“The first is because, based on what we know by modern portfolio theory, the portfolio would likely underperform. If you leave out certain high performing managers, because they’re high performing and because they’re Black, then the portfolio would likely underperform. The second reason she would be upset is that people that were part of the communities that she worked so hard to integrate Black people like her, that had incredible talent and ability were not given the opportunity to invest [their] assets to achieve the highest returns—all because [of the color of their skin].”

That dual impact of her frustration with a country that she served in such a powerful and important way, and the fact that the young people she taught that would serve in leadership roles—and even her grandchildren, like Dodson himself, haven’t seen a change. Asset management business remains at 1.4 percent of $69 trillion in assets under management by women and people of color. Daryn suspects it would make her doubly angry.

In his overall mission to amplify Black voices in the asset management space, as a Black entrepreneur, Daryn also faced challenges.

“One of the challenges that I faced as a Black entrepreneur is realizing that the same principles I learned at Stanford Business School surrounding economic optimality, modern portfolio theory and the fundamentals of the investment market, don’t apply to me,” he said.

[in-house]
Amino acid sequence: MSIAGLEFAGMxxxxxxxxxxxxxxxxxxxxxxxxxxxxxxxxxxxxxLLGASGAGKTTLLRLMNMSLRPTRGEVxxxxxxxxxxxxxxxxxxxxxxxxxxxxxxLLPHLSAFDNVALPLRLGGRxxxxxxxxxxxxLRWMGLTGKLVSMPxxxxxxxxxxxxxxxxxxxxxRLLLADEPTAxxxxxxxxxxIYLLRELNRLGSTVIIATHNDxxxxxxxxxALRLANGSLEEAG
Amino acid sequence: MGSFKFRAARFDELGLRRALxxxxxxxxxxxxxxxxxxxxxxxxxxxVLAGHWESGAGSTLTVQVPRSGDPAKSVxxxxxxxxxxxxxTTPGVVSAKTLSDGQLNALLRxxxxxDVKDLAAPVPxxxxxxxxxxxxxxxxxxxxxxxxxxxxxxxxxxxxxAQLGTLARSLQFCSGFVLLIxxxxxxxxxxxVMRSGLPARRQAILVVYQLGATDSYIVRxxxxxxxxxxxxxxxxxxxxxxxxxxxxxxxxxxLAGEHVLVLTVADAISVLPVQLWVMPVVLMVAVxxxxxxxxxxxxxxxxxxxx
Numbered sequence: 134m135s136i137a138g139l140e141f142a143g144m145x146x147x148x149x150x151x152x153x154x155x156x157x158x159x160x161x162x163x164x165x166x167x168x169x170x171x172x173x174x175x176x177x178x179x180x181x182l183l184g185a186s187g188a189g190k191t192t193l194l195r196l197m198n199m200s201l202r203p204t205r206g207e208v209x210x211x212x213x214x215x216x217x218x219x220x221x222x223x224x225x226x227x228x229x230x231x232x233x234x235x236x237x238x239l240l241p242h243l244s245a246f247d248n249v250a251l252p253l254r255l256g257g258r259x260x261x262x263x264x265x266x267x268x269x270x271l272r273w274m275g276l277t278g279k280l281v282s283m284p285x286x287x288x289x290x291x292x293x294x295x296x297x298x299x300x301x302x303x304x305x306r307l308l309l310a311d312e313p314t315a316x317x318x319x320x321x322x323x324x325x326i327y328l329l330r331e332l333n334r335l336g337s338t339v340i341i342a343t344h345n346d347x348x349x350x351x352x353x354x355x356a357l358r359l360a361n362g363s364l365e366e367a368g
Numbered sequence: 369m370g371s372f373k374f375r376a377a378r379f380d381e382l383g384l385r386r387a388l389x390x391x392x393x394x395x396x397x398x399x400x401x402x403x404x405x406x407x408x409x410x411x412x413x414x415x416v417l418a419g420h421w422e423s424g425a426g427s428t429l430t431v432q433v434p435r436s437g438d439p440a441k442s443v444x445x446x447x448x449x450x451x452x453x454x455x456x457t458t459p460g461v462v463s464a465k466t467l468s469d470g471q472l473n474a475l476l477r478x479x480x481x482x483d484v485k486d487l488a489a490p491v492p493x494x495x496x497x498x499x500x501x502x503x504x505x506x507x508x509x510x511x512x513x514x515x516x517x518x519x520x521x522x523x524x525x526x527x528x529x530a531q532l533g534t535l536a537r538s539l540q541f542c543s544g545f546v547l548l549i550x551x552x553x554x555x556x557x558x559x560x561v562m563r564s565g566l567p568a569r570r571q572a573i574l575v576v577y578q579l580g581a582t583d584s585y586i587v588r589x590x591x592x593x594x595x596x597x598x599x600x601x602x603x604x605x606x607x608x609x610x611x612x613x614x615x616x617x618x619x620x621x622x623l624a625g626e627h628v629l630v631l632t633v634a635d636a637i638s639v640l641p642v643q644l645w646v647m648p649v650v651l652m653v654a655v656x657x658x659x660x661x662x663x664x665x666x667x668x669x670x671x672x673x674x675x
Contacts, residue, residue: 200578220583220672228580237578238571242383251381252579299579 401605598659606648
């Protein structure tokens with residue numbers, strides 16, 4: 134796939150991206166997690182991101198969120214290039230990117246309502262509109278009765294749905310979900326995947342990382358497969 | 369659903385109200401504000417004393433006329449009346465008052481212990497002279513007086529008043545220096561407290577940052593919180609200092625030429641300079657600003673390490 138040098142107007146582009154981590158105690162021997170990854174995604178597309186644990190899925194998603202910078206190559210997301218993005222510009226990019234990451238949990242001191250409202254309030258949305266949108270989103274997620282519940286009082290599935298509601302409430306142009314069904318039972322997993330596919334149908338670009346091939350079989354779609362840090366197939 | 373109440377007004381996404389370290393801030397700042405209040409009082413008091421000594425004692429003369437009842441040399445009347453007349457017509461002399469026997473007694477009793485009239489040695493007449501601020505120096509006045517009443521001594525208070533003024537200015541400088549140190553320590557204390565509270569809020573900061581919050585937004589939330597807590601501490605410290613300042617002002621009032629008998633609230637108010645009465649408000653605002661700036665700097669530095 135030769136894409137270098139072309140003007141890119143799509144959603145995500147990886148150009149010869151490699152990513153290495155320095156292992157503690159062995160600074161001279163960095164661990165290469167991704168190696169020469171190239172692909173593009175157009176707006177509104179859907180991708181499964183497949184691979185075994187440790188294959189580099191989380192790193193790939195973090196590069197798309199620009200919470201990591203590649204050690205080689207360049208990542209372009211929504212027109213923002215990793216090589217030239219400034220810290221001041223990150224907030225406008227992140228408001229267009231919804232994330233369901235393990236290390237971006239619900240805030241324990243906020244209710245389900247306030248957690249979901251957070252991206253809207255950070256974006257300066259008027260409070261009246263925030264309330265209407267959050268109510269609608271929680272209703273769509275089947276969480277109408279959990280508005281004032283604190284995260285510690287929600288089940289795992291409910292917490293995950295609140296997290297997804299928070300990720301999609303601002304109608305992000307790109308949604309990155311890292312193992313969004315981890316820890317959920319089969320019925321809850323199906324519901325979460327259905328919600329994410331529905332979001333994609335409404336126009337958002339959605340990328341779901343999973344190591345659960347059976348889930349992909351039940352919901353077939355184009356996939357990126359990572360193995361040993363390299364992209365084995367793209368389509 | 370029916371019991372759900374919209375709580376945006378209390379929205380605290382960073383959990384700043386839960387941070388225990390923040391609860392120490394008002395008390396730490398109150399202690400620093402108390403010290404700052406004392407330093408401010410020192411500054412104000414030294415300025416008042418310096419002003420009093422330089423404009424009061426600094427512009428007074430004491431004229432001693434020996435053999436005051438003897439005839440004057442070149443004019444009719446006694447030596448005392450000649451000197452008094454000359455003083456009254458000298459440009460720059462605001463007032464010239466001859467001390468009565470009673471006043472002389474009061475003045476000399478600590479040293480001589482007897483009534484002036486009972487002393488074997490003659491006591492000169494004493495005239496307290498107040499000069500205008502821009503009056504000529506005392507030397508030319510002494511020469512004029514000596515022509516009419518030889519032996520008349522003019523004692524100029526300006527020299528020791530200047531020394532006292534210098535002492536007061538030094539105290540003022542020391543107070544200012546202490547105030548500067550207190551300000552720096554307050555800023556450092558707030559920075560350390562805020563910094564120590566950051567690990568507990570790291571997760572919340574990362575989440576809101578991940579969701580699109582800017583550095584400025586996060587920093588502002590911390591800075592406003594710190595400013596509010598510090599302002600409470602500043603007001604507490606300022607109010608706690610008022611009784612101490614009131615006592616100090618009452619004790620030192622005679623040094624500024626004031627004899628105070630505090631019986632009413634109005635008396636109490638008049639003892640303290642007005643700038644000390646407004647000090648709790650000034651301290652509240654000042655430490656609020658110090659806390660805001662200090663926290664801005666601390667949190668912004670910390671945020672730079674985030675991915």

Fundamentals like how people invest in risk adjusted returns, and seek alpha in markets, the heart of all investing is to find areas of latent value and marketplaces and buying low and selling high. When we examine investing in Black asset allocators or Black asset managers or entrepreneurs, what we see, and a major point that has been indicated through Illumen Capital’s research, is the higher you perform, the more bias you face—and Dodson quickly learned he was no exception.

That’s why he recommends other Black entrepreneurs do their research.

“What I’m always afraid of is that these incredibly high performing, brilliant Black entrepreneurs will internalize what the asset allocators are giving them in terms of decisions as some kind of fault of their own, when in reality, it’s the asset allocators who are missing tremendous value,” he said.

That goes back to why Illumen Capital exists—to challenge asset allocators to do the work on their side, and to really hold them accountable to reducing their biases to hone in on this underestimated and overlooked talent.

“Definitely keep an eye out as we continue to push the edges of research in our partnership with Stanford SPARQ, as we’re working on some new initiatives with the research center,” said Dodson.

In the next few weeks, Illumen Capital will host an Impact Experience—an experience created to allow investors to come together and find key solutions that may create a more equitable and optimal investment ecosystem—in Montgomery, Ala. Illumen Capital is bringing investors to examine the through-line between slavery, lynching and mass incarceration, and the way these periods in history have influenced the imbalance in the asset management industry.

Hopefully, both investor and teacher can work together for a more equitable future.